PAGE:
A partnership is working out how we can do more across Oxfordshire to support and improve mental wellbeing for all.Mental wellbeing is about getting the most from life, staying well, and feeling connected to those around you and where you live.EndFragmentEndFragment
We have looked at four things that have a real impact on mental wellbeing, as well as wider factors in our communities that affect how we stay mentally well.
Rethink Mental Illness
And organisations from across Oxfordshire have signed up to do that with the Prevention Concordat for Better Mental Health.
Elmore Community Services
And their connection to others EndFragment EndFragment
Oxford Health NHS Foundation Trust
Their access to and use of green spaces EndFragment EndFragment
Oxford University Hospitals NHS Foundation Trust
Oxfordshire County Council
South Oxfordshire District Council
Oxfordshire Clinical Commissioning Group
Their activity levels
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Where we live, learn, work and play, how we feel physically and how secure we are emotionally and financially can have an impact on our mental health and wellbeing.
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Analysis tells us that across all age groups there are many things that impact directly on wellbeing. Access to green spaces and being active, economic stability, health, and a good work and life balance can all influence positive mental health.
For some, these have been directly affected by the limitations we faced
during the pandemic.
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to accessing green spaces which we know improve mental wellbeing.
We know everyone is different and respond differently to life’s challenges.
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groups of the community
Oxfordshire residents when surveyed said that they had felt anxious the day before.
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National figures suggest that of those who are middle-aged, those who are unmarried, and with long-term health conditions are more likely to be lonely.EndFragment
Young people (age 16-24) are more likely to report being lonely than any other adult age group. It is the younger renters, with less of a sense of local belonging, who are most likely to experience loneliness.EndFragment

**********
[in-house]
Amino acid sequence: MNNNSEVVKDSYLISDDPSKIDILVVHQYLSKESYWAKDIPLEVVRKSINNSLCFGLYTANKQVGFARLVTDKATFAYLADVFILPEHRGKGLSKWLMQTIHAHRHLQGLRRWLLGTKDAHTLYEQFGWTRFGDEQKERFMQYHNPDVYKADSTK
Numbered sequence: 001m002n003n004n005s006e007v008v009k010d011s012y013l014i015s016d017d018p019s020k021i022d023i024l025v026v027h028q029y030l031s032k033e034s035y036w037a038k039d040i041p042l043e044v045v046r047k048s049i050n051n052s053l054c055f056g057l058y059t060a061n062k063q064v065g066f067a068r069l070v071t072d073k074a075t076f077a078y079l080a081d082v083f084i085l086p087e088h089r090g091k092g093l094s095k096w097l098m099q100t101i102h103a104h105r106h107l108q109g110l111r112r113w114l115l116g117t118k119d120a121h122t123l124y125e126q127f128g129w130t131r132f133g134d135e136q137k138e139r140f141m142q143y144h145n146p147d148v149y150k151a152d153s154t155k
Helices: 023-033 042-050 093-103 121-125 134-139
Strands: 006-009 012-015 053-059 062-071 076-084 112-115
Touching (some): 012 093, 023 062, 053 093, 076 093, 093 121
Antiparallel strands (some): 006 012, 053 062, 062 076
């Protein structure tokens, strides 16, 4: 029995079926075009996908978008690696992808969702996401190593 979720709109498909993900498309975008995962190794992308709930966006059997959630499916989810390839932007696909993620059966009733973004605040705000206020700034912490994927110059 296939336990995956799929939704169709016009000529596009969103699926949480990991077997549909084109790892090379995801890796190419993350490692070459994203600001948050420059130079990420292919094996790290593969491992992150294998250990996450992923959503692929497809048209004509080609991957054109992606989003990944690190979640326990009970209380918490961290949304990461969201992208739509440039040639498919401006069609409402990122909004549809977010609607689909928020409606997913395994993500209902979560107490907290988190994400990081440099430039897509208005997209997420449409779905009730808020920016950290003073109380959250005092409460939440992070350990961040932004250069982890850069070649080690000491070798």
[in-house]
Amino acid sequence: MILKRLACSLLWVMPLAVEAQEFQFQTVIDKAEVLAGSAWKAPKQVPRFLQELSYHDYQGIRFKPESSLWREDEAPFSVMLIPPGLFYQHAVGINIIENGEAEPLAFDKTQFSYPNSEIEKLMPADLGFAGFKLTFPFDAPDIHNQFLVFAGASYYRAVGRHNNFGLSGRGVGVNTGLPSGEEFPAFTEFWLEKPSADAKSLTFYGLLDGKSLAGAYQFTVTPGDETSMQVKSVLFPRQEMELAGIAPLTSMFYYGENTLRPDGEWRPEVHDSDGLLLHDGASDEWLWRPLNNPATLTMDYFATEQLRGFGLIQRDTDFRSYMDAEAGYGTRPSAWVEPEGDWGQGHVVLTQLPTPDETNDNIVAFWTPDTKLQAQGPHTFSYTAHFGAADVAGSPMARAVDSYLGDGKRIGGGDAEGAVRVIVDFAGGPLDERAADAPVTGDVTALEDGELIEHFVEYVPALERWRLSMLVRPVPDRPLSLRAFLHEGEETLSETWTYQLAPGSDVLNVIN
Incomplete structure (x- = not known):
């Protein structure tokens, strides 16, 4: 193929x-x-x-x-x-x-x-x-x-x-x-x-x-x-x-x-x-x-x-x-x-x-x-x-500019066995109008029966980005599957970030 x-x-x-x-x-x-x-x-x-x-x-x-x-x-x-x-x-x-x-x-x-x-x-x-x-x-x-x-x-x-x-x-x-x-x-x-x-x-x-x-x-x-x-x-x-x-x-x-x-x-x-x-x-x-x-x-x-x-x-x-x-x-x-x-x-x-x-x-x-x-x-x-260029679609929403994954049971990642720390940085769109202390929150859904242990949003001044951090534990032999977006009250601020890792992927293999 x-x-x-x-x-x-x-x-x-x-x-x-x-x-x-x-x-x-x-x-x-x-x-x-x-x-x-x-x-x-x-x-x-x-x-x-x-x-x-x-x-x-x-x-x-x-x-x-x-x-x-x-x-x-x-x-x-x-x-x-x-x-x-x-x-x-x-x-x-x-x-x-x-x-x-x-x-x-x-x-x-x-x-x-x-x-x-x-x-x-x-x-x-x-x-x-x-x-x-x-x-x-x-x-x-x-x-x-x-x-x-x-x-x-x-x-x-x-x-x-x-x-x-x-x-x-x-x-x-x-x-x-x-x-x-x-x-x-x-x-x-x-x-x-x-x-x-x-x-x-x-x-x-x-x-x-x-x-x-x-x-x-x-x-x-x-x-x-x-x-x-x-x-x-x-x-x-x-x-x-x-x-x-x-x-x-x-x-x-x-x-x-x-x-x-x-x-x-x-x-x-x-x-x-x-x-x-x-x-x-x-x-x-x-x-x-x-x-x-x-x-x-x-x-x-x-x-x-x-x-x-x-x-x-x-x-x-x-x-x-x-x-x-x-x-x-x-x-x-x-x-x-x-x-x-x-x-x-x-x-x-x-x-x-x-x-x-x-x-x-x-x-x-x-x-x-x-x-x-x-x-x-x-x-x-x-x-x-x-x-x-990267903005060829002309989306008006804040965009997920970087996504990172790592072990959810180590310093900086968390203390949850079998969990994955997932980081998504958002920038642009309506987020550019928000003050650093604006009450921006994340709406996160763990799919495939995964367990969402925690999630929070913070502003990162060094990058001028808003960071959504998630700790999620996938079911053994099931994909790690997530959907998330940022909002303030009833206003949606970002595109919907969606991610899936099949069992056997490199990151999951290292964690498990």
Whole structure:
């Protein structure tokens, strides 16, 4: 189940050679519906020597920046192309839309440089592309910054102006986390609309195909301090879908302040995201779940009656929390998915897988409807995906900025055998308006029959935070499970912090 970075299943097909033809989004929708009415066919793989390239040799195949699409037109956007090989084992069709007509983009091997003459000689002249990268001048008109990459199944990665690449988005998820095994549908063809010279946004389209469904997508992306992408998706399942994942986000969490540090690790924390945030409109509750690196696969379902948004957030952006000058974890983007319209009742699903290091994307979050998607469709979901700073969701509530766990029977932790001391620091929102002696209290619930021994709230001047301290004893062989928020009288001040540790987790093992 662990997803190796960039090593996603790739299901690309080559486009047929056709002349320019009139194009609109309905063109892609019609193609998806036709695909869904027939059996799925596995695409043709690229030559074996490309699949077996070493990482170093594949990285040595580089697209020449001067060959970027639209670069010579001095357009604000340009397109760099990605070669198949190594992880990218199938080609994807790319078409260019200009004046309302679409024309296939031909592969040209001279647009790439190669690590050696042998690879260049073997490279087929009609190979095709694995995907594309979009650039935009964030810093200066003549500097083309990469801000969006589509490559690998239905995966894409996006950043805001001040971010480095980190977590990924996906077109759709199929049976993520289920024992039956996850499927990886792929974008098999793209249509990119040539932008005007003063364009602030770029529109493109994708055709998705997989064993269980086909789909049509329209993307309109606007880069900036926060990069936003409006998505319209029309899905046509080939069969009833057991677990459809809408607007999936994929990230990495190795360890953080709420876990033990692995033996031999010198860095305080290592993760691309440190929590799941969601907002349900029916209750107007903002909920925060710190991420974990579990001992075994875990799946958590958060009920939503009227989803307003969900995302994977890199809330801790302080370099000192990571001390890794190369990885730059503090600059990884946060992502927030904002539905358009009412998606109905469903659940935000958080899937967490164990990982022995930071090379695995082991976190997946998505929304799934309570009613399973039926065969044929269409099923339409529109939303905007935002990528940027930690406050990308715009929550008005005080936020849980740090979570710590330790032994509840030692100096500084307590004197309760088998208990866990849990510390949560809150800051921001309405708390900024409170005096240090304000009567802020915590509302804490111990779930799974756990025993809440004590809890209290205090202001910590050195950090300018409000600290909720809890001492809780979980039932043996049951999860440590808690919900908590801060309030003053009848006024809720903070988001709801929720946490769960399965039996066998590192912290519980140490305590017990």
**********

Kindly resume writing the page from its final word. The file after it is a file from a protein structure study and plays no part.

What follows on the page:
We know that communities and partnerships working together and putting mental wellbeing at the heart of policies and planning is the solution.
It is possible to make a difference.
Less access to support can mean people also don’t use what is available. We need to reach people at specific ages or certain life stages that need support before they access formal healthcare.EndFragment
We need to reach those in need at key life points and before they access formal healthcare.
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Understanding the full effect of COVID-19 on mental wellbeing will help us improve understanding and remove the barriers to access.
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We need to build back fairer from COVID-19.EndFragmentEndFragmentEndFragmentEndFragment
We need to understand more about need.EndFragment
Local level community data means we can better understand issues and use it to inform plans.
A great opportunity for changeEndFragment
Find out more here
Active Reach has been supporting residents facing barriers to activity across the county, including in Blackbird Leys, Greater Leys and Banbury.
Cherwell District Council in partnership with Oxfordshire Mind
and Resilient Young MindsEndFragment
Delivers a programme working with primary school children in year five and six to help them understand more about stress, anxiety and self-esteem. EndFragment
The sleep campaignEndFragment
Delivered by Oxfordshire Communications Group it looked at the impact of COVID on us and how it affected our sleep. It was aimed at frontline professionals and volunteers.
Find out more here
Move together has supported those who have been shielding as well as people with long term health conditions.EndFragment
Delivers a buddying programme to adults with learning disabilities, promoting wildlife and nature activities.EndFragment
Across the county, many initiatives already provide practical and emotional support to help.
Our work will bring communities and best practice together to deliver a fairer Oxfordshire – building on those that exist and adding and supporting others to bridge the gaps we identify.
All of these can impact on mental wellbeingEndFragment
Female studentswith experience of food poverty, who were preparing for exams, or who had previously accessed support weremost at risk of reducedmental wellbeing.**across southern England
COVID-19 has further increased the
impact of these experiences.
Isolation, particularly for older residents, is likely to have had multiple impacts on physical wellness, strength, mobility and social confidence.
Many of us went online for work and to socialise, but Age UK reported nearly 2 million over 75s across the country remained digitally excluded.
are most likely to struggle with sleep and to feel lonely. During the first lockdown, 41% of Oxfordshire pupils in year 13 (age 17-18) reported being too worried to sleep.EndFragment